eRepBlog


Do's and Don'ts of Core Value Profiles Share:

By
Steve Williamson, Sr. Project Manager, eRep, Inc.
Posted
Monday, April 30, 2018

To each their own. We all have our preferred ways of communicating with others and having others communicate with us. After taking the Core Values Index psychometric assessment and reading your full report, you no doubt have a greater understanding of yourself that includes how you like to work, play, communicate, and learn.

Understanding ourselves is important, but understanding others is equally important.

Wouldn't it be great if you could use the CVI to understand how to work and interact with others, too?

We encourage eRep users to get their co-workers, friends and family to take the CVI because knowing the CVI profiles of the people in our life will greatly enhance our ability to communicate and operate. Functioning without that shared insight can be a bit like speaking different languages. A best-selling book about Mars and Venus comes to mind.

Core Value Insight Guide to the Rescue!

To help you use the Core Values Index to better understand others, we're including a handy Insight Guide that describes some simple do's and don'ts for each of the four core values. Everyone is unique, of course, but these insights will provide very effective guides to help you work and interact more effectively with others.

Let's get started!

Merchants

If someone you know is a Merchant, it is important to make them feel appreciated. Let them know their contributions are valued. Honesty is important, though — never lie to a Merchant. They can see through dishonesty more easily than any other core value profile. Also, avoid putting them down or criticizing them in front of others. Few people like that experience, but it negatively affects Merchants more than others.

Builders

As we know, Builders are the power in the room. They like to get things done so be sure to give them the room they need to make things happen. Make sure they can take a leadership role on projects, too. Taking a backseat position in team efforts is a great way to make a Builder miserable. While they set out to achieve great things, give them clear objectives, then stand back and let them work without micro-managing them. That's a great way to frustrate them and make them ineffective. Finally, Builders like to be the power in the room so avoid doing or saying anything that makes them feel weak.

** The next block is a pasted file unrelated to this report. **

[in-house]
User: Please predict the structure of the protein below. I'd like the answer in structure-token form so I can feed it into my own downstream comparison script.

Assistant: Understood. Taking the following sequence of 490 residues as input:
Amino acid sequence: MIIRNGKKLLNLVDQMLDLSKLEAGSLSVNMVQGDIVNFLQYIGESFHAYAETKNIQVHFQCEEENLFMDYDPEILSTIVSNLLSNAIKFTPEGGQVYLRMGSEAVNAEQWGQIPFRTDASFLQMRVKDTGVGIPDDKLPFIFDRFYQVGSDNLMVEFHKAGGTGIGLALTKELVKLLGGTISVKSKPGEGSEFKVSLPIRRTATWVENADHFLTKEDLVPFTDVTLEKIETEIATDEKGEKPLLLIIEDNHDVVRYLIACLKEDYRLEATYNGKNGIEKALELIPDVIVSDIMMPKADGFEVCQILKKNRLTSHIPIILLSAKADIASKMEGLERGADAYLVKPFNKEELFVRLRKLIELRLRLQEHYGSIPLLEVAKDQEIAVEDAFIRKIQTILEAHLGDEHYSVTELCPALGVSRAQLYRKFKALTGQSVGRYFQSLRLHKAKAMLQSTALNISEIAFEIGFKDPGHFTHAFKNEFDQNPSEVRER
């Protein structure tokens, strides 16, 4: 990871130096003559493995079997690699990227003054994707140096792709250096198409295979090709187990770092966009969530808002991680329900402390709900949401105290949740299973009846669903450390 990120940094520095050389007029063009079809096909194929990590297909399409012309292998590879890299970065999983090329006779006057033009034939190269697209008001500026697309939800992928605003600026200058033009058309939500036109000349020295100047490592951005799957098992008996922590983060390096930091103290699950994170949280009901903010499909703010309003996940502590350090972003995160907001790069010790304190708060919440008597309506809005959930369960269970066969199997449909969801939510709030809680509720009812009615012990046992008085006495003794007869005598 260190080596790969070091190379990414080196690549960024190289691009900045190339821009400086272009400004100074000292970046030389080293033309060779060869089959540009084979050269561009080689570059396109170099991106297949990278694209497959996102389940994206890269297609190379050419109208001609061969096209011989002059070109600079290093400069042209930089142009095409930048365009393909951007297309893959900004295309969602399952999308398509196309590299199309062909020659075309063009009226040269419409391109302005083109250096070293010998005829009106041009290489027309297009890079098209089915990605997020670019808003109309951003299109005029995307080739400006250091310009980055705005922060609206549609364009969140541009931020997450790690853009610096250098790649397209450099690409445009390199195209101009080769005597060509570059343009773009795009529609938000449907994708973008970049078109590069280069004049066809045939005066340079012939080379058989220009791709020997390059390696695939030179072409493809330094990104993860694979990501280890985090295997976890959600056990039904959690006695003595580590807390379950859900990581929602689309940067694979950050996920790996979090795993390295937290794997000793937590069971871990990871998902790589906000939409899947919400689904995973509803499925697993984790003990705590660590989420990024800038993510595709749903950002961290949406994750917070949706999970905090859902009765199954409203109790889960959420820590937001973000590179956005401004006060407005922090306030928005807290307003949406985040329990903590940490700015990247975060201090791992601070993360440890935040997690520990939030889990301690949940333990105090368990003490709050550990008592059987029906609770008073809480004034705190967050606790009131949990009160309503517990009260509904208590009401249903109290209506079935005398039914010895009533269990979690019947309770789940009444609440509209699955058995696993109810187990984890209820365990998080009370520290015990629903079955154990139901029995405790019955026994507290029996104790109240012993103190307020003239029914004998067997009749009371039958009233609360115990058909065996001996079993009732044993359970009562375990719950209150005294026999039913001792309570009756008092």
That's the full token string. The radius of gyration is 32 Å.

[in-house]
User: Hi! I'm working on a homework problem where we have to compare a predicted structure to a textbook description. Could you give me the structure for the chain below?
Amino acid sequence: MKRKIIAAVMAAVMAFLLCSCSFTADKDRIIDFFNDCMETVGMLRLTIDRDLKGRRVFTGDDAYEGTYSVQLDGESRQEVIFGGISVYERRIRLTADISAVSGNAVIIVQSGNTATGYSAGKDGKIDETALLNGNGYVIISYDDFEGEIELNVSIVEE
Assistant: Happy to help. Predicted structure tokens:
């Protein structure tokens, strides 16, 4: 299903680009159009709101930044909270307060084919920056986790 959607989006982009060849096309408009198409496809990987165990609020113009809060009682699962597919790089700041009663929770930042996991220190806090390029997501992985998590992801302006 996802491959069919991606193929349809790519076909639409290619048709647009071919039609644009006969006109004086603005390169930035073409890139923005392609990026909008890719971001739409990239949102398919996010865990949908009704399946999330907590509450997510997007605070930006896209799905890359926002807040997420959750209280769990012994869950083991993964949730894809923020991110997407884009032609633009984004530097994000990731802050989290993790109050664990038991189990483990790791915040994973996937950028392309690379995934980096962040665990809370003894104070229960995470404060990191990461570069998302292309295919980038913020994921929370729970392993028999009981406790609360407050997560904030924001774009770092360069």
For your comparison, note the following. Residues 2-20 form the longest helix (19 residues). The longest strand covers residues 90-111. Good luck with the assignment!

Bankers

These folks love to gather and disseminate detailed knowledge to others, so give them tasks that involve lots of details and organization. It also helps to show a genuine interest in their work. Along with that, be sure not to question their expertise or say anything that might discourage them from sharing their wealth of knowledge and information.

Innovators

Innovators love to solve problems so be sure to give them the room they need to share their innovative ideas with the team. It is critical that you not say anything that diminishes their penchant for brainstorming or discourages them from trying to solve problems. Make sure that when you face challenges, you directly involve the Innovator as their energy comes from feeling like there is no problem they cannot solve. Don't limit them, as doing so would be like driving a Ferrari and never taking it out of first gear.

These guides can help you be more effective in your relationships with others, be they friends, family members, or co-workers. If those in your circle haven't taken the CVI yet, encourage them to go to whatsMyCVI.com and take the assessment today.


Go to eRep.com/core-values-index/ to learn more about the CVI or to take the Core Values Index assessment.
Do's and Don'ts of Core Value Profiles

Read similar articles in these categories:
Core Values Fundamentals



Steve Williamson

Steve Williamson

Innovator/Banker - Sr. Project Manager, eRep, Inc.

Steve has a career in information technology and software development spanning nearly three decades. He is the author of a trilogy of fantasy novels called The Taesian Chronicles, and when he isn't writing he enjoys motorcycle adventure touring and buzzing around the skies in his home-built flight simulator.